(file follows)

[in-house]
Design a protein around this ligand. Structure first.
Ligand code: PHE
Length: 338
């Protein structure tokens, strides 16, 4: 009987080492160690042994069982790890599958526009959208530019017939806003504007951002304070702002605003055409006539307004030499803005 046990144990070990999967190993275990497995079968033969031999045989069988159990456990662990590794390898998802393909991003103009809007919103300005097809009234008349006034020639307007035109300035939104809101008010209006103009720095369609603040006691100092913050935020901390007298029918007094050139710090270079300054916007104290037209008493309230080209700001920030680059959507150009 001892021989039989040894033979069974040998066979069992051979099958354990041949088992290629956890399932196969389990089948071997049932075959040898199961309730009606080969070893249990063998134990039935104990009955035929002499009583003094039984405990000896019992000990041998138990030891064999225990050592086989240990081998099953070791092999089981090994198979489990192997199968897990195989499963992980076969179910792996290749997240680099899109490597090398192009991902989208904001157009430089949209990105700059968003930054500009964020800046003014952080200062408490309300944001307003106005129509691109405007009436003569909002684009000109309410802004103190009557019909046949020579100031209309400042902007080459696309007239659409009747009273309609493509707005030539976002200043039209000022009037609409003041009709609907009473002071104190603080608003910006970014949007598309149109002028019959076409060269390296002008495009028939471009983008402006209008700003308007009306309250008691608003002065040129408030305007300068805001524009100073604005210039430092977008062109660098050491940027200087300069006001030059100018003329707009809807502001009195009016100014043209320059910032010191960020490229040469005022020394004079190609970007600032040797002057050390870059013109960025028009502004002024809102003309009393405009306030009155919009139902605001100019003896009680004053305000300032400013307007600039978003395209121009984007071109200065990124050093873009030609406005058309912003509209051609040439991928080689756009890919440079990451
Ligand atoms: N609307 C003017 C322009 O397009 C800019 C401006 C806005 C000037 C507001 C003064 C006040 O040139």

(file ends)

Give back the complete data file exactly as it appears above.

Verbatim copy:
[in-house]
Design a protein around this ligand. Structure first.
Ligand code: PHE
Length: 338
């Protein structure tokens, strides 16, 4: 009987080492160690042994069982790890599958526009959208530019017939806003504007951002304070702002605003055409006539307004030499803005 046990144990070990999967190993275990497995079968033969031999045989069988159990456990662990590794390898998802393909991003103009809007919103300005097809009234008349006034020639307007035109300035939104809101008010209006103009720095369609603040006691100092913050935020901390007298029918007094050139710090270079300054916007104290037209008493309230080209700001920030680059959507150009 001892021989039989040894033979069974040998066979069992051979099958354990041949088992290629956890399932196969389990089948071997049932075959040898199961309730009606080969070893249990063998134990039935104990009955035929002499009583003094039984405990000896019992000990041998138990030891064999225990050592086989240990081998099953070791092999089981090994198979489990192997199968897990195989499963992980076969179910792996290749997240680099899109490597090398192009991902989208904001157009430089949209990105700059968003930054500009964020800046003014952080200062408490309300944001307003106005129509691109405007009436003569909002684009000109309410802004103190009557019909046949020579100031209309400042902007080459696309007239659409009747009273309609493509707005030539976002200043039209000022009037609409003041009709609907009473002071104190603080608003910006970014949007598309149109002028019959076409060269390296002008495009028939471009983008402006209008700003308007009306309250008691608003002065040129408030305007300068805001524009100073604005210039430092977008062109660098050491940027200087300069006001030059100018003329707009809807502001009195009016100014043209320059910032010191960020490229040469005022020394004079190609970007600032040797002057050390870059013109960025028009502004002024809102003309009393405009306030009155919009139902605001100019003896009680004053305000300032400013307007600039978003395209121009984007071109200065990124050093873009030609406005058309912003509209051609040439991928080689756009890919440079990451
Ligand atoms: N609307 C003017 C322009 O397009 C800019 C401006 C806005 C000037 C507001 C003064 C006040 O040139």